Good grammar is essential for taking the IELTS exam.
Grammar is not tested directly in this exam, so you might be surprised to hear this.
But it is true: Proper English grammar is very important for getting a high IELTS score!
Even though there is no part of the IELTS that focuses only on grammar, you will need to study grammar to get on the path to exam success.
Grammar helps you make progress in all the four skills, reading, writing, listening and speaking.
You’ll be able to feel your progress in speaking and writing mainly, because this is where you will actively use grammar structures to express your ideas. However, knowing grammar will also help you understand language, both in reading and in listening, because you’ll become more familiar with grammar structures and will understand what others want to say right away.
The best way to improve your grammar is to study each rule one by one, read some examples, make your own examples and then practice each rule by doing exercises.
We selected some important grammar rules for you to learn so that you feel more confident in the IELTS exam. Each rule is followed by examples and a short exercise. Once you’ve done the exercises, you can check with the answer key at the end of the post.
1. The Simple Aspect
We use the simple aspect to talk about general, permanent or repeated actions.
Here, the present simple is used to refer to a general, habitual action:
I often read business magazines online.
In the above example, it is implied that you read these magazines online all the time. This is something you do regularly.
We use the continuous aspect to focus on progressive actions that usually happen around the moment of speaking.
Here, the present continuous is used to refer to an action that is happening at the moment of speaking:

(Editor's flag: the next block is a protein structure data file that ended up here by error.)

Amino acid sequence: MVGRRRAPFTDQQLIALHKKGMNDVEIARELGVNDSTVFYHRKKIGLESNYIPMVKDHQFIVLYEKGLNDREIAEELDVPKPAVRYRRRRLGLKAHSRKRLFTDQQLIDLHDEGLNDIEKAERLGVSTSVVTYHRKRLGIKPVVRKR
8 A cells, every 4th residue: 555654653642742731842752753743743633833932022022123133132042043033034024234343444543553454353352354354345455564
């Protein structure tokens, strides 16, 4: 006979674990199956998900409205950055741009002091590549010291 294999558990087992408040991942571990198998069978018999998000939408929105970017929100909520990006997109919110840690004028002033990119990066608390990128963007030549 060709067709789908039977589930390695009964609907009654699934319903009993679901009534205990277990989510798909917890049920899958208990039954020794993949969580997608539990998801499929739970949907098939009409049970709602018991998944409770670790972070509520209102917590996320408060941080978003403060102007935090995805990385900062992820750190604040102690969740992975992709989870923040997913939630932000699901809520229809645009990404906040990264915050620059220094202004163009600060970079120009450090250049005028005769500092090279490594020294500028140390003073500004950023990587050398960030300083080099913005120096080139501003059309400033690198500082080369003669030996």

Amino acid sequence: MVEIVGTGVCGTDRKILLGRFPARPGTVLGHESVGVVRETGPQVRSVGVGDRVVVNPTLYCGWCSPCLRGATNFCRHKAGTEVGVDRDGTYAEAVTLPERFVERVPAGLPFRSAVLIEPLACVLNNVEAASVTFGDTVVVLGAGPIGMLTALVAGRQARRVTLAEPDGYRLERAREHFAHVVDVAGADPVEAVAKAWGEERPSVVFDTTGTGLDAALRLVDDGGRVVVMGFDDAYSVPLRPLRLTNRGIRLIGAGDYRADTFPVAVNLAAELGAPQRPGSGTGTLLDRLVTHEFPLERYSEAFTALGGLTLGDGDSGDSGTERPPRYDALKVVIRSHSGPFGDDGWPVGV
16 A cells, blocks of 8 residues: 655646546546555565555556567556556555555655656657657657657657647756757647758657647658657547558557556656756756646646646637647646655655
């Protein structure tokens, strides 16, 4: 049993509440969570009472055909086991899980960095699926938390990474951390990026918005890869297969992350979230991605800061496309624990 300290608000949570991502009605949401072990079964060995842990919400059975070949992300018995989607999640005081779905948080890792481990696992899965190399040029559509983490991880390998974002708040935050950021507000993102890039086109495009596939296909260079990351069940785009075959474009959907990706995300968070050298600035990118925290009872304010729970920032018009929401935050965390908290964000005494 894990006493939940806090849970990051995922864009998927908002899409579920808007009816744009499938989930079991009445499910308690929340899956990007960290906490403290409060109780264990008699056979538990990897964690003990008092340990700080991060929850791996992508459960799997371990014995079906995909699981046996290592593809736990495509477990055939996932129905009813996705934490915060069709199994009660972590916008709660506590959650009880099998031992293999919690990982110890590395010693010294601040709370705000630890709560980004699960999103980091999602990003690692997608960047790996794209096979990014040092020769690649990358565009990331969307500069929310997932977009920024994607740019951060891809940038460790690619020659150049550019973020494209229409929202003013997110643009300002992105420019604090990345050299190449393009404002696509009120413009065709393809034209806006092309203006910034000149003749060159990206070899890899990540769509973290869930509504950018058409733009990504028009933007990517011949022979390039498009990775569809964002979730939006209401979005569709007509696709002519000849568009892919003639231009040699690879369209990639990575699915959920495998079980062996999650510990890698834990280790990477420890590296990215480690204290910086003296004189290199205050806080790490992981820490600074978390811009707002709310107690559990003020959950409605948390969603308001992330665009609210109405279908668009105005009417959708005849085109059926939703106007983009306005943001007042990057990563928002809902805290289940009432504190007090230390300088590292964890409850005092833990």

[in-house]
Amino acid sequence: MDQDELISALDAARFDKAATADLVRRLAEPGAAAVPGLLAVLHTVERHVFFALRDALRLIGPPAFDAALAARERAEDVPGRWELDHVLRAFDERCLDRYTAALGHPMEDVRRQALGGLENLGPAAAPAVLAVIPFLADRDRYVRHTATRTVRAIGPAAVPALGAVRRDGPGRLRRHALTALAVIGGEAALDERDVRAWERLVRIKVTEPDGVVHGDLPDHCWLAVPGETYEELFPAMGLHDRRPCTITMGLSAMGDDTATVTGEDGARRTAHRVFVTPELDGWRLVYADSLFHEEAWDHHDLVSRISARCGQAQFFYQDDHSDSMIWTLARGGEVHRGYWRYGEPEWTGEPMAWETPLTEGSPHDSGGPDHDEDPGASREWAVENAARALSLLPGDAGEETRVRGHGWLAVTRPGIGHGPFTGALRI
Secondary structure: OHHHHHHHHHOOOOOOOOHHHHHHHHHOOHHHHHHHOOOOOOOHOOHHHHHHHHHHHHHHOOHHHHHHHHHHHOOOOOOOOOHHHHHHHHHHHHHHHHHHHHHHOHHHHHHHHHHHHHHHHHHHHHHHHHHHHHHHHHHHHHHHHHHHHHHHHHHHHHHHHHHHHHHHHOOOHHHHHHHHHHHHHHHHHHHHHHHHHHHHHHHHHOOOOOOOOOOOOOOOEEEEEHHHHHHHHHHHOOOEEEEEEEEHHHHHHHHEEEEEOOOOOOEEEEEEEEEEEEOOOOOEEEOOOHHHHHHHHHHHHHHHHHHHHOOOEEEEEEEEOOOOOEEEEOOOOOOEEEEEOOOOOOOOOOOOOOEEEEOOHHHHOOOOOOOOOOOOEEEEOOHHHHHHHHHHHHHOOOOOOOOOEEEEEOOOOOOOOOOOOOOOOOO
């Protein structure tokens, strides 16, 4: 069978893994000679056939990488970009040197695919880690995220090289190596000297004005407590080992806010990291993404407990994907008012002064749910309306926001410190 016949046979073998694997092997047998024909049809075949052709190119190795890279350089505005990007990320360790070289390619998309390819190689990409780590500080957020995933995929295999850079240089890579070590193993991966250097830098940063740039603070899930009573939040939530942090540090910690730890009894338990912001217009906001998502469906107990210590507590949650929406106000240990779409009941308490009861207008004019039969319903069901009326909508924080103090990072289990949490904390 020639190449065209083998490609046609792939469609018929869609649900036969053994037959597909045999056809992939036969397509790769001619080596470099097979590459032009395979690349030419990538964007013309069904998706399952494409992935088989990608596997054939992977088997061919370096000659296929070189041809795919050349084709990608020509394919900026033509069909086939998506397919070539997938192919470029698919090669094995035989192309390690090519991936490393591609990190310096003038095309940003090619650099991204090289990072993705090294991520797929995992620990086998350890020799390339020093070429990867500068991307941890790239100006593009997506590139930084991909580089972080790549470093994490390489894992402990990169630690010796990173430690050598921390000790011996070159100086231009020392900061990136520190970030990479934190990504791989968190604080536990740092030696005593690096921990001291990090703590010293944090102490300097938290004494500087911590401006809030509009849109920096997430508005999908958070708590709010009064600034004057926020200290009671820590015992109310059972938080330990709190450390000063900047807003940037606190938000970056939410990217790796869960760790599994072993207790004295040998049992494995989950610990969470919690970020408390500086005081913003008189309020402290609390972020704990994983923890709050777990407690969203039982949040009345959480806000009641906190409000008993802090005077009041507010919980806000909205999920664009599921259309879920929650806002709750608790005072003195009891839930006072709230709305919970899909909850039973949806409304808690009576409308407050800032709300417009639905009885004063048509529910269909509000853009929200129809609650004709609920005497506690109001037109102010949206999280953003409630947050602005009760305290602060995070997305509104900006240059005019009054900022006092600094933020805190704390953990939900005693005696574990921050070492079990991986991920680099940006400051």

I am reading an interesting book.
The same rule applies to all the verb tenses, past, present and future. If you want to focus on the continuity of the action, use the continuous aspect. If you are more interested in the result of the action, then use the simple aspect.
Why is this useful for IELTS?
In IELTS Speaking Part 1 you have to answer questions about yourself.
You will need to make sure you use the right verb tense and the right aspect—simple or continuous—depending on what you want to say. If you want to talk about general things that you do regularly, then you need the present simple. If, however, you want to refer to actions that are temporary and happen around the moment of speaking, then you need the present continuous.
You may also need this grammar rule in Writing Part 1 when describing trends shown in graphs or charts. You are probably going to use the past simple quite a lot because in this part you report on situations that happened in the past.
Between January and March, the profit rose by 10%.
They produced twice the amount of cars in June.
Hungary accounted for 10% of the students involved in the competition.
Let’s practice this rule by putting the verbs in the right tense and aspect:
1. I ___(exercise) every other day, but I ___(not like) going to sports competitions.
2. The graphs ___(show) how the total number of students ___(change) in the past 5 years.
3. I ___(do) an internship this spring, so I ___(not want) to take another job just yet.
4. Alan ___(watch) a movie when I ___(arrive).
2. The Simple Past and Present Perfect Verb Tenses
When using the past tense, we see these past actions as having no connection with the present. They belong to the past, so we use the past tense to express them.
I ate my breakfast with Tony and then we saw a movie.
The action above happened in the past. There is no connection with the present, so we use the simple past.
If, however, the action happened in the past but it has some kind of impact on the present, or if it continues into the present, we need to use the present perfect.
I haven’t eaten breakfast yet, I’m starving.
The above is present perfect because it is a past action but it has an obvious impact on the present, the speaker is now hungry.
I have been waiting here since 10 a.m.
The above is present perfect because the action started in the past but is continuing into the present, when the speaker is still waiting.
Why is this useful for IELTS?
In the IELTS speaking test you may have to talk about different events from the past, either about yourself or about other matters. Decide if the actions are still relevant in the present, if they still have an impact or not.
You have more time to make this decision when you are writing than when speaking, but if you practice this rule you’ll be able to think faster.
Have a look at the following sentences and decide whether to use the past or the present perfect:
5. I ___(start) studying for the IELTS exam two months ago but I still ___(not decide) whether to move to Australia.